Why self-driving cars are still being driven by humans
The California DMV released reports from seven carmakers on Tuesday on how often a human driver had to take control.
Justin Fine/Virginia Tech via AP/File
Self-driving cars, heralded as the wave of the future by carmakers and technology companies, are making progress, with seven companies currently testing the cars on public roads in a range of road conditions in California.
But along the way, the cars have often needed human drivers to take over due to brief technology failures or safety concerns, indicating the technology may still have a ways to go, according to reports the companies filed with the California Department of Motor Vehicles on Tuesday.
The reports show the companies’ results vary widely, with electric carmaker Tesla reporting no incidents, while Nissan had 106 despite having driven a relatively small 1,485 miles since November 2014.
Google — which has far outstripped other companies in the number of miles its cars have driven and has been aggressive in pushing the DMV to release its regulations for the cars — had a mostly positive safety record.
A human driver had to take over Google’s self-driving car 341 times since the company was granted a permit to begin testing it by the DMV in September 2014, a relatively impressive record considering its self-driving cars have driven more than 1.3 million miles, 424,331 of which were on public roads in California.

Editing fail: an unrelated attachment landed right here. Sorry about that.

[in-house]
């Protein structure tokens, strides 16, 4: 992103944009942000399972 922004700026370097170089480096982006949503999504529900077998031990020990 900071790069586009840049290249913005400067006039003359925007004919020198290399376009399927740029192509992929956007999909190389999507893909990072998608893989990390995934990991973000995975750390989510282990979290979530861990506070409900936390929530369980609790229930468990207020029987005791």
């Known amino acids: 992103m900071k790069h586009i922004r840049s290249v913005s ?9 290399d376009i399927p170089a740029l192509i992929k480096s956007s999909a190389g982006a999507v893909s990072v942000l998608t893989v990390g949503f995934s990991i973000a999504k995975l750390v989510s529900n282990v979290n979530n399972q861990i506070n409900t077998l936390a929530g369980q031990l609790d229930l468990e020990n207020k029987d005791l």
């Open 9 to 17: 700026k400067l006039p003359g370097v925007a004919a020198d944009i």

A relatively slim 69 of those incidents were due to a human driver needing to take control of the vehicle because of safety concerns. But in 13 of the cases, the company’s simulation found, the self-driving car would have had a collision with an object (including other cars and traffic cones) if the driver had not taken over.
Previously, the head of the company’s self-driving car project said one challenge was overcoming the car’s tendency to be extra-cautious in order to avoid accidents. Since September 2014, the cars have been involved in nine accidents, though in each case another driver was found to be at fault, according to researchers from the University of Michigan.
“Our cars today, we think, do a really good job avoiding accidents. They do that by being a little oversensitive to the signals out there. So [the challenge] is: how do they keep that level of paranoia while making it not, kind of, overreact completely,” Chris Urmson, head of the company’s self-driving car project, told a group of government workers from the Department of Transportation in Cambridge, Mass., in December.
This week, Mr. Urmson noted that the results of the report given to the DMV were encouraging, but the company was still hoping to reach its eventual goal of abandoning pedals and a steering wheel for an entirely autonomous experience.
“There's none where it was like, 'Holy cow, we just avoided a big wreck,’ ” he told the Associated Press. “We're seeing lots of improvement. But it's not quite ready yet,” he added. “That's exactly why we test our vehicles with a steering wheel and pedals.”